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The Development of Visual Information Processes in Adulthood and Old Age

  • David A. Walsh
Part of the Advances in the Study of Communication and Affect book series (ASCA, volume 8)

Abstract

The human world is a visual world. Our ability to see was important to our evolutionary past and will be important to our evolutionary future. Locating prey and escaping predators may be less important in the industrial societies of the twentieth century than they were in our past, but other visual tasks have become important. Adults in the modern world must deal with visual tasks never imagined by even our recent ancestors. The development of high speed transportation systems allows us to travel rapidly through a diversity of environments. These developments have created heavy visual monitoring demands for drivers, pedestrians, pilots, and air traffic controllers. They have increased the demands for acquiring spatial layout information and using the visual information that supports moving about in an urban environment. The industrial world has broadened the need for education and educational materials. While adults in modern society may spend little time tracking animals across fields, they spend ever increasing amounts of time tracking words across printed pages.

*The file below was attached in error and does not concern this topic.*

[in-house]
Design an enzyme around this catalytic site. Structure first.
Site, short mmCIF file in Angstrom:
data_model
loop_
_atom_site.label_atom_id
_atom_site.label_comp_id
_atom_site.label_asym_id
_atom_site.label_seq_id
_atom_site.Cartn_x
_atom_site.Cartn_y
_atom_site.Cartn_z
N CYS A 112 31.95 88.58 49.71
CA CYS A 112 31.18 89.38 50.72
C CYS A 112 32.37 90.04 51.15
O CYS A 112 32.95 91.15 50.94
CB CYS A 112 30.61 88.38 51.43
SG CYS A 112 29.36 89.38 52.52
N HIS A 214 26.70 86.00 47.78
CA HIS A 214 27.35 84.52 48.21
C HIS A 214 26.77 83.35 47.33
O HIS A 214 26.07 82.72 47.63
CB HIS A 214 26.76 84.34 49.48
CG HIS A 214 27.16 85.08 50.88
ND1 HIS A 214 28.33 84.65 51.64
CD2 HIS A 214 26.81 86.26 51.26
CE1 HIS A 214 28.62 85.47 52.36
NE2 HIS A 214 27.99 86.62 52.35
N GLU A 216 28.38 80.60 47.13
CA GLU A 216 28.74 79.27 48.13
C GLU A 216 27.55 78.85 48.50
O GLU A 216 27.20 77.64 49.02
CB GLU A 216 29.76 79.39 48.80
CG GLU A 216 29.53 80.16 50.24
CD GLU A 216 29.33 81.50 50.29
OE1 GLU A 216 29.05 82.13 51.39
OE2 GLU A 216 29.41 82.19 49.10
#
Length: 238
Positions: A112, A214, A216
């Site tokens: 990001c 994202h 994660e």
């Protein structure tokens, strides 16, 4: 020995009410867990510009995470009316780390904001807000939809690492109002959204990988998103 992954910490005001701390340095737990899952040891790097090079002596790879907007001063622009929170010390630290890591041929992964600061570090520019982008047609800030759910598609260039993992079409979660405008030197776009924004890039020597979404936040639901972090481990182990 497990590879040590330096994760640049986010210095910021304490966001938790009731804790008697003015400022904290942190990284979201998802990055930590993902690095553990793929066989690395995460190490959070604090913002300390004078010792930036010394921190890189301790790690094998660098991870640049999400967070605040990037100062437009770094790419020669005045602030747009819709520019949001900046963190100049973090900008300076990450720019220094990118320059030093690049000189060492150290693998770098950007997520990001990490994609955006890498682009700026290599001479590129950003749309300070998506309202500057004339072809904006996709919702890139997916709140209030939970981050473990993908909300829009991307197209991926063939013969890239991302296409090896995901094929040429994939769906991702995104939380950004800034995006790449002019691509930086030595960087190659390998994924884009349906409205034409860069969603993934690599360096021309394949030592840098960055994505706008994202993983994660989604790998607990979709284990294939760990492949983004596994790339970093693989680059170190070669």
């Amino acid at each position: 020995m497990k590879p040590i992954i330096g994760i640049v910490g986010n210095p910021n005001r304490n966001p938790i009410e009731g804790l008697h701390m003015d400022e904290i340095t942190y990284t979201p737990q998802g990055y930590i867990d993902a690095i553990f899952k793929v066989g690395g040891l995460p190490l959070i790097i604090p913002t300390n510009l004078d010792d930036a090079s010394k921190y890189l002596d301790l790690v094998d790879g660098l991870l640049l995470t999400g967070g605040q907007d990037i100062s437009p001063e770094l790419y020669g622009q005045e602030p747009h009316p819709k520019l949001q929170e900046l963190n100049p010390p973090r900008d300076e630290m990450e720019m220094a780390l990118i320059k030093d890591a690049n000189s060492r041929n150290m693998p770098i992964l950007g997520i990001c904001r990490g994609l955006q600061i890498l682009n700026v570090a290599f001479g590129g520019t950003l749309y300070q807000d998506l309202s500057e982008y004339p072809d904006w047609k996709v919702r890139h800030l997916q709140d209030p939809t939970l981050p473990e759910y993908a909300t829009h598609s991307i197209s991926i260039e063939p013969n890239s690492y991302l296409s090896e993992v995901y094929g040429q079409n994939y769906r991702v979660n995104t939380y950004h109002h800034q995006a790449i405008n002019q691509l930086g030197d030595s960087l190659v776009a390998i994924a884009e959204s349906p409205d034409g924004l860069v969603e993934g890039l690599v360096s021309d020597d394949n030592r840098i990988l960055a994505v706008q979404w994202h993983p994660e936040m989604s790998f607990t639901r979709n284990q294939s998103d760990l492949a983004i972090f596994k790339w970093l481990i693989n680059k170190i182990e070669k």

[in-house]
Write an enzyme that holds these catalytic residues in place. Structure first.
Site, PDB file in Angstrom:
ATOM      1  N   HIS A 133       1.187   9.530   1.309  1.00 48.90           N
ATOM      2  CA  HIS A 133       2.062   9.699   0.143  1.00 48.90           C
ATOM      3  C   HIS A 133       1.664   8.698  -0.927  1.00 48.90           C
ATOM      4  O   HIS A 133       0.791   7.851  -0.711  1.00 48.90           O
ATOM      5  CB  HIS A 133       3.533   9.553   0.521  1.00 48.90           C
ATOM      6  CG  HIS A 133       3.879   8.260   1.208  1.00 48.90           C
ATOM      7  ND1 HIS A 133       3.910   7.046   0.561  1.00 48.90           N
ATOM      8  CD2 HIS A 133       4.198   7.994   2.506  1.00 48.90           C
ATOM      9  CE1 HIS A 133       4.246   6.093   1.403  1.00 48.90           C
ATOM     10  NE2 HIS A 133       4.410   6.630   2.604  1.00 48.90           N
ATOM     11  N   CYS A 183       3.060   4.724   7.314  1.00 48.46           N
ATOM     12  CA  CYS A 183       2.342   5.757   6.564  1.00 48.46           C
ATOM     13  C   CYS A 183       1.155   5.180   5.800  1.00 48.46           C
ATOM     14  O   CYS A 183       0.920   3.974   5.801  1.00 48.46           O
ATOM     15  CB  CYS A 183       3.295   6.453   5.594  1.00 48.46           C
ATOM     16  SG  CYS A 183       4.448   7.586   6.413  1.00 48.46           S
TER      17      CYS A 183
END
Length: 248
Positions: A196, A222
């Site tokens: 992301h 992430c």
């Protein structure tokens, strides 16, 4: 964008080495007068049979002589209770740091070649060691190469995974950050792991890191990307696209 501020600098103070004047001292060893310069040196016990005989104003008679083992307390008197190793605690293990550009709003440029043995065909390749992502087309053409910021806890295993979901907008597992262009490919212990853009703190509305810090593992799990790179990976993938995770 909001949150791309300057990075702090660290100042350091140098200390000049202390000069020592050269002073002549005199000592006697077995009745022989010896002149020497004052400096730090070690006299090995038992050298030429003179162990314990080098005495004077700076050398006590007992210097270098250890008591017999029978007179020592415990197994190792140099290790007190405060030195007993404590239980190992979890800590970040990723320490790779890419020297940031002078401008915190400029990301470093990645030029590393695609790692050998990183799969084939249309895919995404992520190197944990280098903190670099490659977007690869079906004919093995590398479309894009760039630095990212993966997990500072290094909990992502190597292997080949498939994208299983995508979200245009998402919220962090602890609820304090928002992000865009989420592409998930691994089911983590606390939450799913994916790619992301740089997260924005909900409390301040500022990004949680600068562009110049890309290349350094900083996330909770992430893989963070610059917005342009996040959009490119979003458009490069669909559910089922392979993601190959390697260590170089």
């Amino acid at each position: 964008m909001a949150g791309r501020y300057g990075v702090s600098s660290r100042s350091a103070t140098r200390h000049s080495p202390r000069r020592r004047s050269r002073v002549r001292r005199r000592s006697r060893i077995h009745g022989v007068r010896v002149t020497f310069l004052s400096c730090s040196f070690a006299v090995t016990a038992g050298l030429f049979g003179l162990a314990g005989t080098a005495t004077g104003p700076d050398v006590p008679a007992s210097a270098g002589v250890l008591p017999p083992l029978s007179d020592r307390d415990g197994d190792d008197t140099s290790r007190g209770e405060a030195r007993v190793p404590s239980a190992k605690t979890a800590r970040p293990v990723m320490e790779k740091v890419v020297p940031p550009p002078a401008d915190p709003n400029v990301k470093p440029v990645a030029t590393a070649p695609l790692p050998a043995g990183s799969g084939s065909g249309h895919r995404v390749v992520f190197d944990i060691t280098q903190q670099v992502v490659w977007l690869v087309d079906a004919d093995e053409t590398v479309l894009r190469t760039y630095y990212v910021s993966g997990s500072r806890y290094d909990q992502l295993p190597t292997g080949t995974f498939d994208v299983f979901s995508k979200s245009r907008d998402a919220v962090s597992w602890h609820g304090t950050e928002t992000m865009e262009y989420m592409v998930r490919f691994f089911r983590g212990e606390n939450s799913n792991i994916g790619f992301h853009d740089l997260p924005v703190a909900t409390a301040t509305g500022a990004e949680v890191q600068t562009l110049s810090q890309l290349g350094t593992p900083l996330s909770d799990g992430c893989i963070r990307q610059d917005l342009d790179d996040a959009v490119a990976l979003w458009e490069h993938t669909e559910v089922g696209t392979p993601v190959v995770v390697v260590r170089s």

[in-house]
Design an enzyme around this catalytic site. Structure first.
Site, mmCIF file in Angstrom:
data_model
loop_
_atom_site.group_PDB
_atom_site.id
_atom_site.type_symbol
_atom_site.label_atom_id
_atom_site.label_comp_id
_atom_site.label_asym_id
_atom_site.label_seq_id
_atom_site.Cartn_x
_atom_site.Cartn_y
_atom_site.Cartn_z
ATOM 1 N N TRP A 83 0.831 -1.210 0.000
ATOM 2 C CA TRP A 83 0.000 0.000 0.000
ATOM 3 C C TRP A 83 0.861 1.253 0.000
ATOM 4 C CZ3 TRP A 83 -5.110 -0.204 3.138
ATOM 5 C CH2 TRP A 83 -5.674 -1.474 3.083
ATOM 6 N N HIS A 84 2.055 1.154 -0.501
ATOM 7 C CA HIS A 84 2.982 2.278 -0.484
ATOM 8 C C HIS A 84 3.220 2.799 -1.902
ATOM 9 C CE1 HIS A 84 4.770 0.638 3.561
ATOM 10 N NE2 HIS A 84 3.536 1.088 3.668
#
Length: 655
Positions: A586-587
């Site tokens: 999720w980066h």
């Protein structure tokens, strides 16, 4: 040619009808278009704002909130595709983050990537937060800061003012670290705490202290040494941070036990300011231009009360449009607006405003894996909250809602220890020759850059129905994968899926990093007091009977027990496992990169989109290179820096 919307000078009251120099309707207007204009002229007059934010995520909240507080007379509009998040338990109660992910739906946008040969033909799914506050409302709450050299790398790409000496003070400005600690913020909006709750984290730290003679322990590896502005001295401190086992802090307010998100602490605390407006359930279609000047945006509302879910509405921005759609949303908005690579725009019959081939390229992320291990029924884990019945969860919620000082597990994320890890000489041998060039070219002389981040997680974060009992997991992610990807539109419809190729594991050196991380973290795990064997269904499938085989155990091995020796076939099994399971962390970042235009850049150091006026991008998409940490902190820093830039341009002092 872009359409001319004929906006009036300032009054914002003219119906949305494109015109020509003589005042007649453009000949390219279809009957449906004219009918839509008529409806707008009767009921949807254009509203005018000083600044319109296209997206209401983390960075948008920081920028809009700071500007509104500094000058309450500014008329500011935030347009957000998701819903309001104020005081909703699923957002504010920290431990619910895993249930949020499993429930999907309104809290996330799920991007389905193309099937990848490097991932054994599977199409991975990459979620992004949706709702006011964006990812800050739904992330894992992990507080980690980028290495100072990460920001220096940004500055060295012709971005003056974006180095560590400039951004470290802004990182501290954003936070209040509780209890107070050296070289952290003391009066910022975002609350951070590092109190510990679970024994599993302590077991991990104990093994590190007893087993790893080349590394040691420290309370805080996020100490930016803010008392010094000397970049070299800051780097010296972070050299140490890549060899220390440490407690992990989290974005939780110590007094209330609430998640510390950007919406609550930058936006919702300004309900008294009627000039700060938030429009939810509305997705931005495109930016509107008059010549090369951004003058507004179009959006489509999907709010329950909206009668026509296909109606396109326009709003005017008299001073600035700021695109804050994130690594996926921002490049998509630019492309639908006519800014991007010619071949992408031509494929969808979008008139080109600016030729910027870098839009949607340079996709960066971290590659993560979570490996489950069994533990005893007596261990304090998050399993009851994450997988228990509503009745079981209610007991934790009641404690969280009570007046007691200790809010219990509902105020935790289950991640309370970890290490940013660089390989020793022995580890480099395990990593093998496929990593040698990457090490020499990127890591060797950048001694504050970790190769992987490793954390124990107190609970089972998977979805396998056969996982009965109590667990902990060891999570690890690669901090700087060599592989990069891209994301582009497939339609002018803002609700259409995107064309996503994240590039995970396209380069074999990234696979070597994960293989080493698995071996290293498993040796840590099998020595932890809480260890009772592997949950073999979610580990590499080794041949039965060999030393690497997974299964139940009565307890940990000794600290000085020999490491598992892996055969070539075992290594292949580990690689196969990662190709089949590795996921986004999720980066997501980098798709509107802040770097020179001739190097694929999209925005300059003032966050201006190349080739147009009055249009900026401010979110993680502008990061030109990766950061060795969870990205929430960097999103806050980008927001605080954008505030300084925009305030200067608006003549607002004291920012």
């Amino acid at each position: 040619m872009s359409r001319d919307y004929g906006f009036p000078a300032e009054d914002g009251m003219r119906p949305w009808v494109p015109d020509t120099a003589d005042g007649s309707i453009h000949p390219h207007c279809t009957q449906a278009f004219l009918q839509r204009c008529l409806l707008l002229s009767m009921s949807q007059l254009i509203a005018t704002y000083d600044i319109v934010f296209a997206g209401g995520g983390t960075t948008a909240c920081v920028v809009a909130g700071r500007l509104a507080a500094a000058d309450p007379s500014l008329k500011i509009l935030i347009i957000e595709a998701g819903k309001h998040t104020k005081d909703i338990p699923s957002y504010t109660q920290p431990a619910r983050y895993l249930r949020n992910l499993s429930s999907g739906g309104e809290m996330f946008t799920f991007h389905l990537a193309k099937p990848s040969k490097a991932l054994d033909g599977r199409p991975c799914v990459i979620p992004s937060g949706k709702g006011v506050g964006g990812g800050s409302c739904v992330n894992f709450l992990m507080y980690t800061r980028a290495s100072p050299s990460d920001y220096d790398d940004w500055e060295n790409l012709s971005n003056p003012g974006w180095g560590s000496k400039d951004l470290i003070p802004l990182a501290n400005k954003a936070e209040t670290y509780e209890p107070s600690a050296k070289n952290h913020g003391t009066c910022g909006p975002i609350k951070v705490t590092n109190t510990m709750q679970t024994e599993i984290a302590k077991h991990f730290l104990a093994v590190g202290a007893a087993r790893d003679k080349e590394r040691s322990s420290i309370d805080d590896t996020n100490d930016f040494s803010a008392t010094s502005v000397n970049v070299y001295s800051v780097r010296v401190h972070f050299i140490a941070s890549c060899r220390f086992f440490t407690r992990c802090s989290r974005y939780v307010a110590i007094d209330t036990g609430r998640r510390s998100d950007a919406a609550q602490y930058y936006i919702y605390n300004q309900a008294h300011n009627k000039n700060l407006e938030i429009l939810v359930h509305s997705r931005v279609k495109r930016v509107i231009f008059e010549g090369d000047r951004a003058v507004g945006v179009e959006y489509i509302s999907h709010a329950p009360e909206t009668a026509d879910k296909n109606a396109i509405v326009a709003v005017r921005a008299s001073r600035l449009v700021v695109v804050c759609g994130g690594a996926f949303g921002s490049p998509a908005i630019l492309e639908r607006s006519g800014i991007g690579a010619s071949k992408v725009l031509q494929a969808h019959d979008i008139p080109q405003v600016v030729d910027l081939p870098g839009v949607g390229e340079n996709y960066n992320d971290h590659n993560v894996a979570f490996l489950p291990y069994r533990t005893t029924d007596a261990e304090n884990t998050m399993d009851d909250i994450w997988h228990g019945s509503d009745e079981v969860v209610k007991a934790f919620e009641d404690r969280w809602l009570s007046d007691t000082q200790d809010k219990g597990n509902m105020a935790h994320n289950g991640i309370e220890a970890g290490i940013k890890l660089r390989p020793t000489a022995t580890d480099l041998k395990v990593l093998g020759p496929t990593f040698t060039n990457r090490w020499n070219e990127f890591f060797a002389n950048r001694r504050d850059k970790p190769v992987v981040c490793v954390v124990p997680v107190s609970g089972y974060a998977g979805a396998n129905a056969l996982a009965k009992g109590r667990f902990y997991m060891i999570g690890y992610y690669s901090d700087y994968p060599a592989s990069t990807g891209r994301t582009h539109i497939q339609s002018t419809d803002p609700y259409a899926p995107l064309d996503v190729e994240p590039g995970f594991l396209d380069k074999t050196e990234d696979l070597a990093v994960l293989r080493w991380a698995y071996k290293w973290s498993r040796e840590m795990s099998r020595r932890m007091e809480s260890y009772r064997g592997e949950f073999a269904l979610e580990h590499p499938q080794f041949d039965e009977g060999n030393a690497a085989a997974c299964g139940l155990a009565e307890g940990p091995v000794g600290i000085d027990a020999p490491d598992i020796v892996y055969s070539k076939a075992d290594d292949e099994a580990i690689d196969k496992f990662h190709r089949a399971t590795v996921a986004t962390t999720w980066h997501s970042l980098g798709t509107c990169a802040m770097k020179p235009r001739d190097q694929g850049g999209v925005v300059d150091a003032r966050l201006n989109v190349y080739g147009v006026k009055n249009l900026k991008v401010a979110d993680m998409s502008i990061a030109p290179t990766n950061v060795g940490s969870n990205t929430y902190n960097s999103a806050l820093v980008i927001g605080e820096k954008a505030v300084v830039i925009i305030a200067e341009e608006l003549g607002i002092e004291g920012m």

Keywords

Visual Search Stimulus Onset Asynchrony Visual Information Process General Slowing Iconic Memory 
These keywords were added by machine and not by the authors. This process is experimental and the keywords may be updated as the learning algorithm improves.

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Copyright information

© Plenum Press, New York 1982

Authors and Affiliations

  • David A. Walsh
    • 1
  1. 1.Department of Psychology and Andrus Gerontology CenterUniversity of Southern CaliforniaLos AngelesUSA

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